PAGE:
Psychiatry’s Incurable Hubris by G. Greenberg
Psychiatry’s Incurable Hubris
The biology of mental illness is still a mystery, but practitioners don’t want to admit it.
…But, as Earle knew, psychiatrists could not peer into a microscope to see the biological source of their patients’ suffering, which arose, they assumed, from the brain.
They were stuck in the premodern past, dependent on “the apparent mental condition [his emphasis], as judged from the outward manifestations,” to devise diagnoses and treatments.
The protracted attempt to usher psychiatry into medicine’s modern era is the subject of Anne Harrington’s Mind Fixers: Psychiatry’s Troubled Search for the Biology of Mental Illness.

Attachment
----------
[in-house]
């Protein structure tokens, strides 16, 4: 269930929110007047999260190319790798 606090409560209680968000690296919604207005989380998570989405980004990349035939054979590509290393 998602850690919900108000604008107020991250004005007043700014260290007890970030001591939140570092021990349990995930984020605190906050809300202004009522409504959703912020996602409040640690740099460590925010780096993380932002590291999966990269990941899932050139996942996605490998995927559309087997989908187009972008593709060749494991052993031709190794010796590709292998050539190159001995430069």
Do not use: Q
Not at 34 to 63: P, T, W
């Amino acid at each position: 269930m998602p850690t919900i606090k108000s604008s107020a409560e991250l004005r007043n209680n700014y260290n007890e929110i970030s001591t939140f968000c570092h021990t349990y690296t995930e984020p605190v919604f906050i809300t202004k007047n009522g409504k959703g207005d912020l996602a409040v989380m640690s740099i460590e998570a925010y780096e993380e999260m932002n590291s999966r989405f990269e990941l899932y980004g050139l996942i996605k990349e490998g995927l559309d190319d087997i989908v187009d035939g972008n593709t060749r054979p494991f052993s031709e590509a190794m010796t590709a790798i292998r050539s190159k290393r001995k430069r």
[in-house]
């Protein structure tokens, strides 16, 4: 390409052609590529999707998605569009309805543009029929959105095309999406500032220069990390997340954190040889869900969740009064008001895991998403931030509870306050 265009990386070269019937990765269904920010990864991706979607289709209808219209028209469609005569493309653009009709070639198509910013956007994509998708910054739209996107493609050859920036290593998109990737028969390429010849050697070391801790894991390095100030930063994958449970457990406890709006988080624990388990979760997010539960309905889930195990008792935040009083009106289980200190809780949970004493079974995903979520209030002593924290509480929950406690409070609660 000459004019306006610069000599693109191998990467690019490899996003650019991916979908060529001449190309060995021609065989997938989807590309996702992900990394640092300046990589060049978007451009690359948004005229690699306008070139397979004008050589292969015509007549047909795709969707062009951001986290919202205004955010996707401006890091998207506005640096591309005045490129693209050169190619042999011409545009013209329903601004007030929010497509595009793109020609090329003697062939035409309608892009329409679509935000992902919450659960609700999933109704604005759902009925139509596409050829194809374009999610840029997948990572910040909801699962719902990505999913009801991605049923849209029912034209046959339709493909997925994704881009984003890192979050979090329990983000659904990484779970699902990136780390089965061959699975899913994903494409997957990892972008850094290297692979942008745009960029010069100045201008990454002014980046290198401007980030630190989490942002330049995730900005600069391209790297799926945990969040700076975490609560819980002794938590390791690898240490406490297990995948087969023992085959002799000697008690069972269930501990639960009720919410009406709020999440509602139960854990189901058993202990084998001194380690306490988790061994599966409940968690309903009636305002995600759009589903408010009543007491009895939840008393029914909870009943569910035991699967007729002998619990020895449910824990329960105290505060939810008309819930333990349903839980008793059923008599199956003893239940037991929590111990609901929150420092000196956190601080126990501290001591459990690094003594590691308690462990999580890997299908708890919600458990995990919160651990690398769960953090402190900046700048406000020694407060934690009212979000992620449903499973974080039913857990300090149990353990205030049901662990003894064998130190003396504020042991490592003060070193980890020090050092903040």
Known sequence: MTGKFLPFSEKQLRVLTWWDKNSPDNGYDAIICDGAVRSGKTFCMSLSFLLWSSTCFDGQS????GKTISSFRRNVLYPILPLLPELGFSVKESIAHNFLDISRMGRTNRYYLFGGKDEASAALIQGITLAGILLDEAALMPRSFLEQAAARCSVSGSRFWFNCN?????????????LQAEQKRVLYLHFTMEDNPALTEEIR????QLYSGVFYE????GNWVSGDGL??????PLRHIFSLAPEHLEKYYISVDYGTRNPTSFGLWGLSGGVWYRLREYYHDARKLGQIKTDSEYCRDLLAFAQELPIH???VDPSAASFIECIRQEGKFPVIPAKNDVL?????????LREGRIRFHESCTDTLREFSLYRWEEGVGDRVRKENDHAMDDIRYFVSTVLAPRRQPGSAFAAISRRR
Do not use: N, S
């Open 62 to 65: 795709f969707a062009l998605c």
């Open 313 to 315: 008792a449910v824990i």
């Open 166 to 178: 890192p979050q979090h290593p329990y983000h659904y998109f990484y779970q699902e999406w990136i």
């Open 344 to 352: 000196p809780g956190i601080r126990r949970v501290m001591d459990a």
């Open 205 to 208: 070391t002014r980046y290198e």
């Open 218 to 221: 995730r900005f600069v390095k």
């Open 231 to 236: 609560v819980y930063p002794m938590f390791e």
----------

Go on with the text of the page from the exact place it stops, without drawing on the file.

As her subtitle indicates, this is not a story of steady progress. Rather, it’s a tale of promising roads that turned out to be dead ends, of treatments that seemed miraculous in their day but barbaric in retrospect, of public-health policies that were born in hope but destined for disaster.
From ice baths to Prozac, each development Harrington describes was touted by its originators and adherents as the next great thing—and not without reason.